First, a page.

Bernie Ecclestone, the chief of Formula One (F1), isn’t your usual businessman. Battered after a mugging incident in December 2010, a black-eyed Ecclestone reportedly contacted Hublot, F1’s official watchmaker, whose timepiece he was wearing during the attack, even before the Englishman had got rid of his stitches. The result was an advertisement featuring Ecclestone’s bruised face, with the tagline: ‘See what people will do for a Hublot.’
It is this tenacity to turn any opportunity into a money-making venture that has underlined Ecclestone’s rise from a small-time businessman to the boss of the world’s most expensive sport. And that is also probably why few have questioned Ecclestone’s drive to take F1 beyond its traditional circuits in Europe and into emerging markets of Asia.
Expanding in the fast lane
For a sport that is effectively controlled by a Jersey-based holding company, where private equity firm CVC and one-time Wall Street major Lehman Brothers, along with Ecclestone, hold stakes, the details of F1’s finances are notoriously vague. The sport has an annual turnover of about euro 1,169 million (about Rs 8,184 crore), according to CVC’s website, with broadcasters’ fees, charges paid by promoters of individual races for hosting a F1 event and sponsorships bringing in the money.
But it hasn’t been a smooth ride since the global slowdown hit. Japanese carmakers Honda and Toyota, German automobile major BMW and even tyre-maker Bridgestone have left the F1 circuit since late 2008. More recently, plans for its $3 billion (Rs 15,900 crore) initial public offering were shelved due to market conditions.
Yet, F1’s finances are robust, observers feel, although the prolonged economic slowdown could be hurting high-spending sponsors. “I believe that F1 is in a strong state of health,” says Adrian Atkinson, owner and founder of Sportfolio PR, a sport and entertainment sponsorship activation firm that has worked in F1. “Sponsors and car companies come and go in F1 all the time but the global platform is still of interest to brands seeking global awareness and association.”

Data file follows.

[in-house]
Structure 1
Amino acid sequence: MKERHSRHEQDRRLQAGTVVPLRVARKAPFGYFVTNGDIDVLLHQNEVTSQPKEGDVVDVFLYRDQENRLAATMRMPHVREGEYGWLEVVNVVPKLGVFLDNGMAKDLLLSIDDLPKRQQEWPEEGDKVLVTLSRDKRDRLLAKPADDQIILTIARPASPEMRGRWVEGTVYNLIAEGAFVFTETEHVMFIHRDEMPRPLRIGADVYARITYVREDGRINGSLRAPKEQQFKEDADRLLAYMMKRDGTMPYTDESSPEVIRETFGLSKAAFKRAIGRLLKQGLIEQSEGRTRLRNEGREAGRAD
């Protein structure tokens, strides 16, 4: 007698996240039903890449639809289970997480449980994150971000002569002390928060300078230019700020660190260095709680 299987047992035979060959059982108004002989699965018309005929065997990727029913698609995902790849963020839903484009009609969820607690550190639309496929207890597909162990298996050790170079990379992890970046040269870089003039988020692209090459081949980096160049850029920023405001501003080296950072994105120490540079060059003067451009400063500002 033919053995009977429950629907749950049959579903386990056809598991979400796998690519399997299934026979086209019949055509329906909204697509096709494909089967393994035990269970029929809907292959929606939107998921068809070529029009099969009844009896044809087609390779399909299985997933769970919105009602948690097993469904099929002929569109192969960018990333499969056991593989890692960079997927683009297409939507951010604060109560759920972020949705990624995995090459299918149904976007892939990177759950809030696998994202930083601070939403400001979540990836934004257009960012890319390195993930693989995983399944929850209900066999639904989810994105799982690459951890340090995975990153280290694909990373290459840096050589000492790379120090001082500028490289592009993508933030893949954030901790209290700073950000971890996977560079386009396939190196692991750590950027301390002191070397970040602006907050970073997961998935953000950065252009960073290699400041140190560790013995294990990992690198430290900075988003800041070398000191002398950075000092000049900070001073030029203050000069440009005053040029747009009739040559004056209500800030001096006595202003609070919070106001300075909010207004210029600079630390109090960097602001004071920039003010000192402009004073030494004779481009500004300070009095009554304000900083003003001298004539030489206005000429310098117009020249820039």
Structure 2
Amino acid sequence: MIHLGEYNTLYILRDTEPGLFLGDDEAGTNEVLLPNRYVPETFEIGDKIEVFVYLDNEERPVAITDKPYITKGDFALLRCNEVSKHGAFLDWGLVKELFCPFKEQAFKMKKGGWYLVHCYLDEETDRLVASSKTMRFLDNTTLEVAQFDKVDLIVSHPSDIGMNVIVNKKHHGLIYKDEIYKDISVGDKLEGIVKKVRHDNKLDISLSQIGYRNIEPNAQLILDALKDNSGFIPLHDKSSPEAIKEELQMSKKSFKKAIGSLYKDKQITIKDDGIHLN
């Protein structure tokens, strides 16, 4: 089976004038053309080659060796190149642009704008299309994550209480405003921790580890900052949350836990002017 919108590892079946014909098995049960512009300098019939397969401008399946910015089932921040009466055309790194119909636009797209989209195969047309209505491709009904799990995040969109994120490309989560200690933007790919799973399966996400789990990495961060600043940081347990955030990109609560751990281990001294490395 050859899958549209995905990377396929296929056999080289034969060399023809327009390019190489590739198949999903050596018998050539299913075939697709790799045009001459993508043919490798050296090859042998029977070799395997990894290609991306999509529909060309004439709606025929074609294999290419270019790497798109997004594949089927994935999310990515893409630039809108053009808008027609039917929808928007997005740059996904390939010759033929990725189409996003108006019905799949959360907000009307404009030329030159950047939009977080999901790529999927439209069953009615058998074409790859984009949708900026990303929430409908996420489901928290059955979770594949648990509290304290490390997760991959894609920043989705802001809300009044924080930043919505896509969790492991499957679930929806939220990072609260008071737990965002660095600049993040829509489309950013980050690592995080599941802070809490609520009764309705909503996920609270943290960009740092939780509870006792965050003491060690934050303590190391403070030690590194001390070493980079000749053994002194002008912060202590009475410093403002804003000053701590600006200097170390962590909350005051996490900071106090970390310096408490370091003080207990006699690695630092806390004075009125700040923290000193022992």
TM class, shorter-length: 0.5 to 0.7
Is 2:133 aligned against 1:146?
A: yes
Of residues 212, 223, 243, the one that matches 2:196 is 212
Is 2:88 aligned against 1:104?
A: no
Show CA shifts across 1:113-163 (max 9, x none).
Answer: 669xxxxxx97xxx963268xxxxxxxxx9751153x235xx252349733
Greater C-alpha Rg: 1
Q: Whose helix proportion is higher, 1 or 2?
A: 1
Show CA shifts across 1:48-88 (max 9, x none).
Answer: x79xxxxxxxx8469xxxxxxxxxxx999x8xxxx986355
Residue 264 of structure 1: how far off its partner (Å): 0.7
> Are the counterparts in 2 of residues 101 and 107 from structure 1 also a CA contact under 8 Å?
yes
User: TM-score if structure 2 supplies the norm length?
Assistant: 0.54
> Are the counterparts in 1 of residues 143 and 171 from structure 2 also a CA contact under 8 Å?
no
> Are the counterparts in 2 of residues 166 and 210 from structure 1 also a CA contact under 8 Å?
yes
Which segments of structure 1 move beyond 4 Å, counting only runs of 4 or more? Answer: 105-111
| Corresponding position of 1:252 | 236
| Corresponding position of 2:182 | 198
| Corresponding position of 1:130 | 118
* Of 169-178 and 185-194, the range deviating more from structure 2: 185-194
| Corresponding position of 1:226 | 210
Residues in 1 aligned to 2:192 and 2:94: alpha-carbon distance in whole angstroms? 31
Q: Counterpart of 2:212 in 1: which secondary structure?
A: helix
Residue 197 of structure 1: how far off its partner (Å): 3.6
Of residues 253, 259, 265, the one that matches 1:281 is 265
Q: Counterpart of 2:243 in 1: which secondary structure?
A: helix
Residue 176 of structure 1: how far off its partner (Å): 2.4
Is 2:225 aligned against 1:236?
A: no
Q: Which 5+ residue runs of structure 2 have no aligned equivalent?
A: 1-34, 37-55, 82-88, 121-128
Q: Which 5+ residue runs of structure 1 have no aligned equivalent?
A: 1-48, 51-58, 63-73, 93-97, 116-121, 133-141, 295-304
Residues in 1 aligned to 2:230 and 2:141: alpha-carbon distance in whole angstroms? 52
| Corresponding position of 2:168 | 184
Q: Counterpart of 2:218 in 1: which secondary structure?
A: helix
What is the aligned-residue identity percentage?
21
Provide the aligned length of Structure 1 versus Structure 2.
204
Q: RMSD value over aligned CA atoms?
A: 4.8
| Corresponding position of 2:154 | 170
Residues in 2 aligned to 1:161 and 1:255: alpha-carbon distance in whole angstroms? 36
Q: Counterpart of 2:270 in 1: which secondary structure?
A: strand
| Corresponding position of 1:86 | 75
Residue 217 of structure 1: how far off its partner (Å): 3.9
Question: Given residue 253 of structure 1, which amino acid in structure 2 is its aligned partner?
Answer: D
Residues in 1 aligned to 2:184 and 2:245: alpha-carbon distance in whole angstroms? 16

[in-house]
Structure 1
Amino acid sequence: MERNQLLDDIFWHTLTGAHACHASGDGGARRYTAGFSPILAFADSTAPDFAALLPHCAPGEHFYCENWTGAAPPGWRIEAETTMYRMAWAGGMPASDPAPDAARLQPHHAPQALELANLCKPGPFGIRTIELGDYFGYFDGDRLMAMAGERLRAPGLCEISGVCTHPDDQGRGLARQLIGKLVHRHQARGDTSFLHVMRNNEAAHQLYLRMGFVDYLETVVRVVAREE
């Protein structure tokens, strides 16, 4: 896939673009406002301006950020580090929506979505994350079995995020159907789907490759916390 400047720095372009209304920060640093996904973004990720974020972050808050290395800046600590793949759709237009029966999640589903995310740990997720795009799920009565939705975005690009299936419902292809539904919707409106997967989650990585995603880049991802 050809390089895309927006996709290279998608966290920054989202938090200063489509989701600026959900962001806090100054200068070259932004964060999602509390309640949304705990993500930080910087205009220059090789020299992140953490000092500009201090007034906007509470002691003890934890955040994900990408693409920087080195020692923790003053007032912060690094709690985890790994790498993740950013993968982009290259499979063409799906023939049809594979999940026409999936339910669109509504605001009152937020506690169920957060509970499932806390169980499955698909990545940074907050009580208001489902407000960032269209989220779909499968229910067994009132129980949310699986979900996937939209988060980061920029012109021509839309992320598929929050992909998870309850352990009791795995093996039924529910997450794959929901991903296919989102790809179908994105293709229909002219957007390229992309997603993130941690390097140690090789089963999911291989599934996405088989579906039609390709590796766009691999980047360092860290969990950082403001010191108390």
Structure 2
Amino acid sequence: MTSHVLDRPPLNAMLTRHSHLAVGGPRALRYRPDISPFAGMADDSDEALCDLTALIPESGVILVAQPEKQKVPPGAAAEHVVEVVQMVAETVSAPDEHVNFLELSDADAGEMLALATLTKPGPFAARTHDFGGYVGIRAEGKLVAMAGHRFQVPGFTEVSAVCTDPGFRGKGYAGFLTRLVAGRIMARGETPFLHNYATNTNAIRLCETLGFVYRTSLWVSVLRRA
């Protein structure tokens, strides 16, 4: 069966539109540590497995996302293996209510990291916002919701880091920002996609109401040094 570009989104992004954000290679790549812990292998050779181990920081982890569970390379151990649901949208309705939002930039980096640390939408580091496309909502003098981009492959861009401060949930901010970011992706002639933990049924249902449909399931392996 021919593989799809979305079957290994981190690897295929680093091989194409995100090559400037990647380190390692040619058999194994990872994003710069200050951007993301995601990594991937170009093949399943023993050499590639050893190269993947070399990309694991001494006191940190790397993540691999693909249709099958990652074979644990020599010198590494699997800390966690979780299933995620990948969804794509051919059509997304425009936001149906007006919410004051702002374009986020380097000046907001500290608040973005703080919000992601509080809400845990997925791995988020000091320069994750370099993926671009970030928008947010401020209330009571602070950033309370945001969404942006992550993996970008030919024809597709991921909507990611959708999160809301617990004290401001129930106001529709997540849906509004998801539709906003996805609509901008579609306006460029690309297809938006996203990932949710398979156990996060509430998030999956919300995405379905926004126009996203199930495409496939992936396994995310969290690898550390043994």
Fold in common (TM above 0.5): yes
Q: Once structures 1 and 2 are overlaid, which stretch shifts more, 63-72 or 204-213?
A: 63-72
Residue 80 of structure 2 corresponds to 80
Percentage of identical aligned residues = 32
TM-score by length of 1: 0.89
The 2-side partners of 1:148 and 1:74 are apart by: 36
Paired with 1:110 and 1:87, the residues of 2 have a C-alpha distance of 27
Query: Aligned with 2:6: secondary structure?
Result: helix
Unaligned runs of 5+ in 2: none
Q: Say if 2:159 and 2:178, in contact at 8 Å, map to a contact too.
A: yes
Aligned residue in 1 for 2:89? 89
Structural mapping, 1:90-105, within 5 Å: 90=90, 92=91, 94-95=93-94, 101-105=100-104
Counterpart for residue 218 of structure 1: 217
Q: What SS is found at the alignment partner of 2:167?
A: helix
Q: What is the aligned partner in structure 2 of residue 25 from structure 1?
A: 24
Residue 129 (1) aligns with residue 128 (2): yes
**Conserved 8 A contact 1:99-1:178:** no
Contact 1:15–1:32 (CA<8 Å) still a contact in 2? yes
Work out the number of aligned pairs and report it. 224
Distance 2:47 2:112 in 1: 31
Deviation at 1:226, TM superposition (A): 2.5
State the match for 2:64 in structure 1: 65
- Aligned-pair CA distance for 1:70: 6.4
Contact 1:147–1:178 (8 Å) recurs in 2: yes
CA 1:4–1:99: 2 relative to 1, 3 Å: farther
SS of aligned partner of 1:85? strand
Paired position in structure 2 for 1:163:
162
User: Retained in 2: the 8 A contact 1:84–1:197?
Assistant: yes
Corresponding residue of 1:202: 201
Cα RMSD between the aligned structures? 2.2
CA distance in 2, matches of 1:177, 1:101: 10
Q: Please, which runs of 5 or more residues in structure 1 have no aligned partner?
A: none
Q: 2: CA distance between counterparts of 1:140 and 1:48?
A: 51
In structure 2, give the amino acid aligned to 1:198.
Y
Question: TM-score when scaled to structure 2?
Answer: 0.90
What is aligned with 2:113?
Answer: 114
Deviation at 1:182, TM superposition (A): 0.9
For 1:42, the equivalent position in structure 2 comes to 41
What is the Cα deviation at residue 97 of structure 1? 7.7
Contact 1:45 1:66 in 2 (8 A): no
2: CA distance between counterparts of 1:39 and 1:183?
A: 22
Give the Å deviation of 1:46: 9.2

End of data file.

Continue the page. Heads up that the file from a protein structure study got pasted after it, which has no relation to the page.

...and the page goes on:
Part of the reason behind sustained interest in F1 is global expansion. The sport now has 20 races, with a return to the United States this year, following an absence since 2007, and a Russian Grand Prix scheduled for 2014. As a result, Atkinson says, there is hope that “new territories will increase the popularity of the sport outside of Europe and grow the fan base internationally.”
Bas Leinders, a former F1 driver-turned-commentator, too, believes that the sport is “still a very healthy business with enough funding from partners and sponsors to continue to a high level.”
“(Initially) F1 gets an interest and then it will drop slightly, which is very normal because there is not really a culture of motor racing in these countries,” the Belgain explains, “F1 was not build over-night in Europe either. It has taken decades before F1 became a general interest for the big public in Europe.”
Racing into India
It is this process of building viewership and interest that is risky. In its report, ‘Changing the Game: Outlook for the global sports market to 2015’, PricewaterhouseCoopers underlined the importance of working out “who will pay to come and watch both from the local and overseas markets.”
“Questions often arise about the sustainability of efforts at internationalisation, such as with the new Indian Grand Prix circuit, which failed to achieve full capacity. Elsewhere the evidence is patchy, with Formula 1 appearing to be continuing to grow in countries such as Turkey while in others such as South Korea, it appear to have plateaued,” the December 2011 report added.
“Just because the event is there is no guarantee that people will want to visit. A circuit must work hard to monetise the other 51 weeks of the year,” says Atkinson, about Jaypee Sports International Ltd’s $400 million (Rs 2,120 crore) Buddh International Circuit, where the Indian GP is held.
India has about another five years to get its act in order, says sports journalist and author of History of ‘Formula One: The Circus comes to India’, Chetan Narula. “Because if the Indian GP doesn’t become important enough, Ecclestone can easily take it elsewhere,” he explains. “So, it has to be made into a hub for motorsports in India.”
The obvious partnership for the Indian GP would have been with F1 racing team Sahara Force India, co-owned by United Breweries chief Vijay Mallya and Sahara’s Subrata Roy. Mallya, though, is in trouble, with his airline nose-diving, while Roy and the Jaypee Group are seen as close to opposing political camps.
It is the sort of minefield that Ecclestone would probably navigate through with relish. And this is exactly where Indian motorsports and its promoters could do with some of his tenacity.
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